General cuda/OpenAcc thread question

Hi, all:

I’m in the process of optimizing the performance of my hybrid cuda fortran/OpenAcc code. I come from MPI and OpenMP parallel programming environment. My original code is partially parallelized with OpenMP. I have some general questions regarding the software/hardware configuration on nvidia GPU and Openacc platform.

  1. Through research, I found that I need significantly oversubscribe the cores on the GPU, ie, the number of threads of a cuda kernel needs to be many times of the number of the actual cores a GPU has. This is very different from MPI and OpenMP, in which the number of processes/threads is usually same as the number of CPU cores. Launching too many processes/threads will significantly affect the performance of the code. Can someone explain why such over subscribing is good for GPU platform?

  2. My code needs use double precision. I’m using tesla K40 as the development platform. It has 15 SMs, each has 64 double precision processing cores. Is the warp size still 32 for double precision cores? What is the best openacc gang/worker/vector configuration for doing double precision computation on K40? I’m thinking 15 gangs, 2 workers and 32 vectors. Is this configuration good? Or I have to use much higher numbers for gangs/workers?

Thanks in advance.


Hi John,

Best to not equate an OpenMP thread with a CUDA thread nor a CPU with a GPU in terms of execution model. With a CPU you do generally only want 1 OpenMP thread running per CPU core. However with a GPU, you can have a maximum of 2048 threads running on each SM simultaneously (a minimum of 2 blocks with 1024 threads each or a maximum 16 blocks with 128 threads each, new devices have a max of 32 blocks with 64 threads each but still are limited to 2048 total threads). So you wont be “oversubscribing” on your device unless you use over 30,720 threads. Even then, a new block wont be issued until another has retired, so there’s less contention than would occur if you oversubscribed on CPU. Though, you are correct in that the K40 does have limited number of FP64 compute cores, so you may see some contention here. (newer NVIDIA GPUs have a lot more FP64 cores available).

Though to start, I’d let the compiler choose the schedule to use (typically it will use 128 vectors per gang), make sure the program is running correctly, and then get a baseline performance, From there you can start experimenting with the vector length. Though keep in mind that lowering the vector length will reduce the maximum number of concurrent threads running on a given SM. So while your FP64 contention may lower, the different block may be running different sections of code (like fetching memory), so your overall performance may be lower since there are fewer threads running. You can try different numbers of gangs as well, but I generally recommend not setting this except for special circumstances, and instead let the runtime determine the number of gangs to use based on the actual loop trip count used during execution.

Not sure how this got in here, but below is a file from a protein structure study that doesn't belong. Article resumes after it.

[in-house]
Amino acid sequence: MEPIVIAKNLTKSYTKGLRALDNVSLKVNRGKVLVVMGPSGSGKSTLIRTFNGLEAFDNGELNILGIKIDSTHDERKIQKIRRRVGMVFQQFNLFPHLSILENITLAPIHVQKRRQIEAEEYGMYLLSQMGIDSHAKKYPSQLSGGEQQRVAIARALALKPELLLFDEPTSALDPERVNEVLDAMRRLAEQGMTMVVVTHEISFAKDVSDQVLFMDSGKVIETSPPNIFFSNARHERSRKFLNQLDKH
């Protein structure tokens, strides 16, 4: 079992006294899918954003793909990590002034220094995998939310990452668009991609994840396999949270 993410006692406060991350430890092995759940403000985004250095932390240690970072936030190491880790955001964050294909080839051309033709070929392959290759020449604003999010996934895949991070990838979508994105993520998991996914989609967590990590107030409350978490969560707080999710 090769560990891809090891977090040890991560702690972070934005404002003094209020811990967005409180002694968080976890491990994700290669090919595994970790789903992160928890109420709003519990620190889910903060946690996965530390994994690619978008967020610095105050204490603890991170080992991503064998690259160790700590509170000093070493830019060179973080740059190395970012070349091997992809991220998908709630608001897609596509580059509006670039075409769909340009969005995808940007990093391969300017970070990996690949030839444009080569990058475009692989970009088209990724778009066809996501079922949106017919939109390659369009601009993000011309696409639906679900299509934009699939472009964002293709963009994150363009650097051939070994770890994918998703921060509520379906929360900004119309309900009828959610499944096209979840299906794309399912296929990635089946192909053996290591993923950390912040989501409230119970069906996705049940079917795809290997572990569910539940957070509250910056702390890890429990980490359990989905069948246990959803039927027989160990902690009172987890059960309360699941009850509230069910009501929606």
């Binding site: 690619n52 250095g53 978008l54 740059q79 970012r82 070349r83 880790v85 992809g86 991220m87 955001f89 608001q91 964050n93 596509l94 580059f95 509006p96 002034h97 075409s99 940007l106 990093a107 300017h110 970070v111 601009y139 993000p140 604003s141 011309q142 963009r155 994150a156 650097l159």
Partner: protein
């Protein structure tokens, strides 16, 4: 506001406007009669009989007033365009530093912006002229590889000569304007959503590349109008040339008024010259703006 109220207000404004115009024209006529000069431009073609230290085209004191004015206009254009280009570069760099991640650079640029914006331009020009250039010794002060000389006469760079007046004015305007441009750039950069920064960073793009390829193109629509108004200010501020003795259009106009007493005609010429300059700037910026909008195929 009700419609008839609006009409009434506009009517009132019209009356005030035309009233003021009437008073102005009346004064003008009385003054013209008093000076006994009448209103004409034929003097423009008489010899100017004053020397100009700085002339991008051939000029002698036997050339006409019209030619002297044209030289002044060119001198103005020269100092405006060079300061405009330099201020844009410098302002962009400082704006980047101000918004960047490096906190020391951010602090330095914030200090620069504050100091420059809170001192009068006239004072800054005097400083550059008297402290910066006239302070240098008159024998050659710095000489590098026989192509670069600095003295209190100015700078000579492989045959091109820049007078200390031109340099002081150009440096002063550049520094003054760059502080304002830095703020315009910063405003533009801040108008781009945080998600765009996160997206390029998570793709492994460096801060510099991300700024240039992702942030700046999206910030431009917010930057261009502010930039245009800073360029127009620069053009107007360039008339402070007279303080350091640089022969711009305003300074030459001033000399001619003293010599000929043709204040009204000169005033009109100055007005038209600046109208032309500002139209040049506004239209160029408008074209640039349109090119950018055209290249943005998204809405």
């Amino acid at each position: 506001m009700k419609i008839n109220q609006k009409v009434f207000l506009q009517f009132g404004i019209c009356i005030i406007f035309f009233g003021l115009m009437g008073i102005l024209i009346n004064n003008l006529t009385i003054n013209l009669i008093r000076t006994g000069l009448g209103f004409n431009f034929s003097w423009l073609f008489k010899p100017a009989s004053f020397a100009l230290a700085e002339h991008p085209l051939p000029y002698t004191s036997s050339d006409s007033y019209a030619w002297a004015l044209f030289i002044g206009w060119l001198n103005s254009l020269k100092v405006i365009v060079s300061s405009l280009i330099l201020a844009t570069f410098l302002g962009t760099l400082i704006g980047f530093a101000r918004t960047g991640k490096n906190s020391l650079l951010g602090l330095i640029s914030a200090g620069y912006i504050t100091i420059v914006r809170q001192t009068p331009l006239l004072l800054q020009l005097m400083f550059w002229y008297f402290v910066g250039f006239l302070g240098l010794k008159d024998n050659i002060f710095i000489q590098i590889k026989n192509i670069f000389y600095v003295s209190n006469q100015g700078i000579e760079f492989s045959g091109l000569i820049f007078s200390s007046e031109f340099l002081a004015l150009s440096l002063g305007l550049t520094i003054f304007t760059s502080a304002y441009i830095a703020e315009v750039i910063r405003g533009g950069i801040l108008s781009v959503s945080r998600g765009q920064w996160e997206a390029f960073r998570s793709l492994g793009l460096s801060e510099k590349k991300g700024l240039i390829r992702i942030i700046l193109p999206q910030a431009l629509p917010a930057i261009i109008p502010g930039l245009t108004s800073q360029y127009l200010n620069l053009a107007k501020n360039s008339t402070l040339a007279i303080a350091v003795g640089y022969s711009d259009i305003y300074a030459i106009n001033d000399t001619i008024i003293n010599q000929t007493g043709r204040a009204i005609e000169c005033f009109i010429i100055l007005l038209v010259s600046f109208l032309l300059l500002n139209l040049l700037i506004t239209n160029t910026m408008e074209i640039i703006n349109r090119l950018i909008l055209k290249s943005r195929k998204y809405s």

I should note that for OpenACC when targeting an NVIDIA device, a “gang” maps to a CUDA block, “worker” maps to a thread block’s “y” dimension, and “vector” to the thread block’s x dimension. In general, “worker” is not used except for special cases.

Also, while 2048 is the maximum number of threads, this may be lower depending on the number of registered used per thread and shared memory used per block. Both are fixed size, so if each thread uses more than 32 registers, the maximum number of running threads will be reduced. If you do a web search for “CUDA Occupancy”, you can find additional details.

Can someone explain why such over subscribing is good for GPU platform?

The main reason is latency hiding. While a CPU memory is optimized to get small amounts of data from memory to a core very fast, a GPU memory is optimized for throughput. So to hide the time it takes to retrieve memory, as one warp (32 threads) waits for memory, other warps can be running.

So while FP64 core contention may be a performance issue, of greater importance is ensuring that your vector loop is accessing data in the contiguous (stride-1) dimension of your arrays. This way, the data for all threads in a warp are obtained in a single fetch to memory.

I’ve probably missed some details and oversimplified others, but hopefully this provides some answers to your questions. Though, of course if I was not clear, please feel free to ask follow-up questions.

Also, if you want to provide a code example, I can better provide specific suggestions on improving performance.

Hi, Mat:

Thanks for your detailed explanation about the difference between OpenMP thread and cuda threads. After spending several days on trying different settings of the number of gangs and length of the vectors, I found that these settings are problem size dependent, it is hard to make a good choice for all problem size.